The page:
Say 'Holland' and you may start thinking of windmills. This is no accident: windmills historically played a vital part in the landscape of Holland, nearly half of which actually lies below sea level, protected from the sea by dykes. Windmills were used to pump out the water (as well as to mill grain). In the flat, watery landscape of the province of North Holland, on the River Zaan, there used to be 1000 windmills, and here many of them served a proto-industrial purpose, such as sawing wood, milling seeds to make oil, even grinding ingredients for paint. Today only twelve of these remain, seven of which are at the village of Zaanse Schans. It's a classic Dutch scene, preserved as a popular visitor attraction, with several of the windmills still in operation, plus preserved historic dwellings and workshops, many of them making traditional foods and crafts. This includes wooden clogs - practical footwear in this damp landscape. There are also a handful of small museums. www.zaanseschans.nl
In February 1953 the south-east of Holland suffered a disastrous and traumatic flood when a ferocious storm, coupled with very high tides, overwhelmed the sea-defences; 3240 sq km (1250 sq miles) of land were inundated, 1835 people died, and 72,000 had to be evacuated. Holland's long-term response was to put in hand a huge and ambitious plan to upgrade its coastal management in the area embraced by the delta of three converging rivers, the Rhine, the Maas (Meuse) and the Schelde (Scheldt). It meant restructuring not just the dykes, but also roads and busy shipping routes, and controlling the water levels with dams, artificial islands and storm-flood barriers, without blocking off and damaging the natural marine environment. At the inlet called the Oosterschelde (Eastern Scheldt), this was achieved by creating the world's largest storm-surge barrier called the Oosterscheldekering; it is 9 km (5.5 miles) long, with 62 steel gates that close in the event of a flood warning. The 'Delta Project' was officially opened in 1986, but is an ongoing project. You can see it by driving along the impressive coastal road in the province of Zeeland, which runs from Vlissingen to the colossal Europoort (port) of Rotterdam - where the Nieuwe Waterweg, at the mouth of the River Maas (Meuse), can be closed off by two vast arms, each the size of the Eiffel Tower. On an artificial island of the Oosterscheldekering is the WaterLand Neeltje Jans theme park, which tells the story of the 1953 flood and explains the Delta Plan. It also provides visits to dam and boat trips, and has seal pond, a dolphin enclosure, a hurricane simulator, 3D film, seafood exhibition, and a water slide and inventive 'water playground'.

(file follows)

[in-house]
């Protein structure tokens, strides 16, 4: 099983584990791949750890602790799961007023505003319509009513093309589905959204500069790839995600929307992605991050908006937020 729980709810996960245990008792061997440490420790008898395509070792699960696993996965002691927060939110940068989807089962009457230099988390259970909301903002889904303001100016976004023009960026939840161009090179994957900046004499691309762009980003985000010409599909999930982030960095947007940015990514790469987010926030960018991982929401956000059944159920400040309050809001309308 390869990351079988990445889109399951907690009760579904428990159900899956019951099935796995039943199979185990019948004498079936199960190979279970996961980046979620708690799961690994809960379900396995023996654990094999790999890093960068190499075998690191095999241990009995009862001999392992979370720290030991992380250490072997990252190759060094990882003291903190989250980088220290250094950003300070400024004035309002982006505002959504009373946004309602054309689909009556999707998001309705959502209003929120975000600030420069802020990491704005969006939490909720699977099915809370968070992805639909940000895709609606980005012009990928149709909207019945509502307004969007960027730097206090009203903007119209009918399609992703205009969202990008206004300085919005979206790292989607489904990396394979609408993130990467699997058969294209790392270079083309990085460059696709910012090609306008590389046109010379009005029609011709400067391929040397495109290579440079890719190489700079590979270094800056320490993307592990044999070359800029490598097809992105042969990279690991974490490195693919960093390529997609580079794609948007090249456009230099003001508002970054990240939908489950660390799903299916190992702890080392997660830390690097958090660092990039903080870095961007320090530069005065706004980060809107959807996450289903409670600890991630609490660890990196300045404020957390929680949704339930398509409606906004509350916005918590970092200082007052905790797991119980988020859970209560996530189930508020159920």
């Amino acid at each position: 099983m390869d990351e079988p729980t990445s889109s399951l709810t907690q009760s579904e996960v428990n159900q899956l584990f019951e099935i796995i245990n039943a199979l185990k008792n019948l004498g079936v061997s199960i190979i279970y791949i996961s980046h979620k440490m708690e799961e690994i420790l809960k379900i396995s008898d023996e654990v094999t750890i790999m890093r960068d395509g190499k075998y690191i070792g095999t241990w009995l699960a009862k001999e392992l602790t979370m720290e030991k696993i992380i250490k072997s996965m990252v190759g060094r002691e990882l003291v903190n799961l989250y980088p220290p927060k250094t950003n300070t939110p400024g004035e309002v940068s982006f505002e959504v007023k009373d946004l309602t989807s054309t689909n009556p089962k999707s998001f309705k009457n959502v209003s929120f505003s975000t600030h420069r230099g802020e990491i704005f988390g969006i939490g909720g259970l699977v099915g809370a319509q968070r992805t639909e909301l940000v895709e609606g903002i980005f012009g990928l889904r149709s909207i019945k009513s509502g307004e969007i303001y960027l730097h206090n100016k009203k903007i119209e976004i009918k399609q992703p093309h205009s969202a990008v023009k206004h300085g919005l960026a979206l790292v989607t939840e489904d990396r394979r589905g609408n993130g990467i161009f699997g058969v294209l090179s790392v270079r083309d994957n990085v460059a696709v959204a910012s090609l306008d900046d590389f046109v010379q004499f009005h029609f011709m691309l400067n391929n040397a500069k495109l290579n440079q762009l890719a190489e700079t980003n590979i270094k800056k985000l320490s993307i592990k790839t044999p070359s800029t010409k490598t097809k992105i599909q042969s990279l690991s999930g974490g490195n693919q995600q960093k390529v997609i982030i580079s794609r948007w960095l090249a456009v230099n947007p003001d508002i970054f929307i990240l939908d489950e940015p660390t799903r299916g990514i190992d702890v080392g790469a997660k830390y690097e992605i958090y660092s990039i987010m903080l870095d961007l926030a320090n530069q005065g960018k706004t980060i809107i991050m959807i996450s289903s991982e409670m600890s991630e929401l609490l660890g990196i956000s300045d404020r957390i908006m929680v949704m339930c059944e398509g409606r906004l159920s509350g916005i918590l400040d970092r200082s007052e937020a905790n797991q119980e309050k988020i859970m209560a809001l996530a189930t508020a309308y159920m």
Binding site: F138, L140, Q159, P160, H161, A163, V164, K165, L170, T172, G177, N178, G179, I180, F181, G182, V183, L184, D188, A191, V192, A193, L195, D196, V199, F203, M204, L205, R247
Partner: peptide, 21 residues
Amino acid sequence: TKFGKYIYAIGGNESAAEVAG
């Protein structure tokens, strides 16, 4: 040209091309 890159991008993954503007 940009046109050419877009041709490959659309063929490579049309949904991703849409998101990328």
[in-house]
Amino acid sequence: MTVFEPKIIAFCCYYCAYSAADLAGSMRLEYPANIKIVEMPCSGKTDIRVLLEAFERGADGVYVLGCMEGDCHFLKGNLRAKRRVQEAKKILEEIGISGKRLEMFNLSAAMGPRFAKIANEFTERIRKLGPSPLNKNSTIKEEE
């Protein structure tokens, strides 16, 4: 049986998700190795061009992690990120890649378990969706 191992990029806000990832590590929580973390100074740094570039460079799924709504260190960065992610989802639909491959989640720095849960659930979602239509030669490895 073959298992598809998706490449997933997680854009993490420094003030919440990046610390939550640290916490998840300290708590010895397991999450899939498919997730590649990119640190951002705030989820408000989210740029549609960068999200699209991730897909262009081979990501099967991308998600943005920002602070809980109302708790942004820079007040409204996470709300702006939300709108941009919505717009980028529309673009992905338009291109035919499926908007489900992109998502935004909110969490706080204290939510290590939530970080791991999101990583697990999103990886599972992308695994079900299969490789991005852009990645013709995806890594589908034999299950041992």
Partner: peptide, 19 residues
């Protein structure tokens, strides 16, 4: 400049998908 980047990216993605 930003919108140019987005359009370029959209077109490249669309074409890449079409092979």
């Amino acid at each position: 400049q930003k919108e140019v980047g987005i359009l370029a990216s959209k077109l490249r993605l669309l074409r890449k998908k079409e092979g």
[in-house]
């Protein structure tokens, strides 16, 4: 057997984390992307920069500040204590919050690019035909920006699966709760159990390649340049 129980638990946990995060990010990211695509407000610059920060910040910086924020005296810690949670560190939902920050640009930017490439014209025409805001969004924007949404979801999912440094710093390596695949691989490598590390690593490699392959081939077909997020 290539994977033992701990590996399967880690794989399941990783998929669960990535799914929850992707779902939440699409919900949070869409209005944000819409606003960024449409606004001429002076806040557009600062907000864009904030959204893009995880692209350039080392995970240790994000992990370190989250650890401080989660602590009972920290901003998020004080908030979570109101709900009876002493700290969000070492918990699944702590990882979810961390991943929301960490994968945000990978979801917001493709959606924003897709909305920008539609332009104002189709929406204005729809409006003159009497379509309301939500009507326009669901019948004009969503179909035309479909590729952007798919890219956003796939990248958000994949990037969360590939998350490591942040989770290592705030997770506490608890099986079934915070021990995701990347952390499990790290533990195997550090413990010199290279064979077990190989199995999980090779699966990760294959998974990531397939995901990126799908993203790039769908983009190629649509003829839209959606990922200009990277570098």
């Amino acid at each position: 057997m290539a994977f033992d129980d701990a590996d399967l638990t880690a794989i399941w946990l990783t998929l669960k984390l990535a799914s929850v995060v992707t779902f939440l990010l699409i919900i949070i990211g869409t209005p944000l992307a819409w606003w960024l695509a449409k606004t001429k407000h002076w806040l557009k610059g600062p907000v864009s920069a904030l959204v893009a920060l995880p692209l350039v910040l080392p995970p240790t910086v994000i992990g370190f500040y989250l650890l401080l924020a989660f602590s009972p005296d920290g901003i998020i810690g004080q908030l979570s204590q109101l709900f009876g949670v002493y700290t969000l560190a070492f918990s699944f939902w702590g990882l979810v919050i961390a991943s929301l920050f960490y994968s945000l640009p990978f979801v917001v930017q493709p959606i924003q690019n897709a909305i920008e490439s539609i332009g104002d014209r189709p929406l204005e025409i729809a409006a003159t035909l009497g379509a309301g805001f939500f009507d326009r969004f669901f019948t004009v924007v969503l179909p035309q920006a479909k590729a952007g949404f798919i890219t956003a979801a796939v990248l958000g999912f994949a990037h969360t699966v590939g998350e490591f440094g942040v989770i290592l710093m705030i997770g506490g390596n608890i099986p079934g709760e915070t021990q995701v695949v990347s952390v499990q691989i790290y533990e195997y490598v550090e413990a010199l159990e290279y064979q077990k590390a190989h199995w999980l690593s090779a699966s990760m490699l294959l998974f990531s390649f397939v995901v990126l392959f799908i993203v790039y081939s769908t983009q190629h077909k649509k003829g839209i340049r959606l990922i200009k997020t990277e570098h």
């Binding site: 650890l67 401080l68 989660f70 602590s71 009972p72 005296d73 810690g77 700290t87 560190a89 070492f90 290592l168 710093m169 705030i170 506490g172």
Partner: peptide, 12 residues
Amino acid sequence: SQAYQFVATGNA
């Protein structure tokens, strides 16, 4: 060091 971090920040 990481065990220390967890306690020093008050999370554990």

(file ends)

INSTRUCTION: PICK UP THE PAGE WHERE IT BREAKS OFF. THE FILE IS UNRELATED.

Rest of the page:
Reclaiming land from the sea has been a Dutch pursuit since the 11th century. Some of the biggest projects took place around the big, shallow inlet called the Zuiderzee (Southern Sea), especially after the huge dyke called the Afsluitdijk ('Closure Dyke') was built across its mouth in 1932, creating the saltwater lake called the IJsselmeer. This was good for land reclamation, not so good for the fishing towns and villages that needed ready access to the North Sea. One of these was the historic port of Enkhuizen. Today its has made a virtue of its misfortune by developing a museum, with an indoor section (Binnenmuseum) plus an open-air section (Buitenmuseum), animated by costumed staff, that serves to recreate its traditional lifestyle in about 1900. The complex includes historic ships and boats, a sailmaker's workshop, shipbuilding yards, fish smokehouses, a working windmill, limekilns, and traditional houses rescued from other parts of the Zuiderzee.
A fantasy theme park to delight young children, De Efteling is based around fairy tales - Sleeping Beauty, Snow White, Little Red Riding Hood, Arabian Nights, and so on. It is the largest theme park in Holland, and also one of the world's oldest, founded in 1952. It includes a Fairy Tale Forest, a haunted castle, and stage shows, and latterly it has expanded its rides along more familiar theme-park lines, with heart-in-mouth rollercoasters, a bobsleigh run (without snow) and a wet-'n-wild raft run. It also has its own hotel, and an 18-hole golf course. De Efteling is at Kaatsheuvel, west of 's-Hertogenbosch, in the southern province of North Brabant. www.efteling.nl
The Dutch have a word for their particular sense of cosy socialising: 'gezelligheid'. Putting guests at their ease is the key to their sense of hospitality. You can find this in their old pubs, especially in a city like Amsterdam. The best of them are known as 'brown cafés', so called because of their smoke-darkened décor: the walls and pictures and low ceilings have a carefully preserved patina of decades of use, and a dingy charm. Here you can while away your time chatting, reading newspapers, playing cards, drinking coffee or beer or a jenever gin (or all three), and refuelling with a snack or more substantial bar food. Brown cafés are an essential part of the Dutch experience.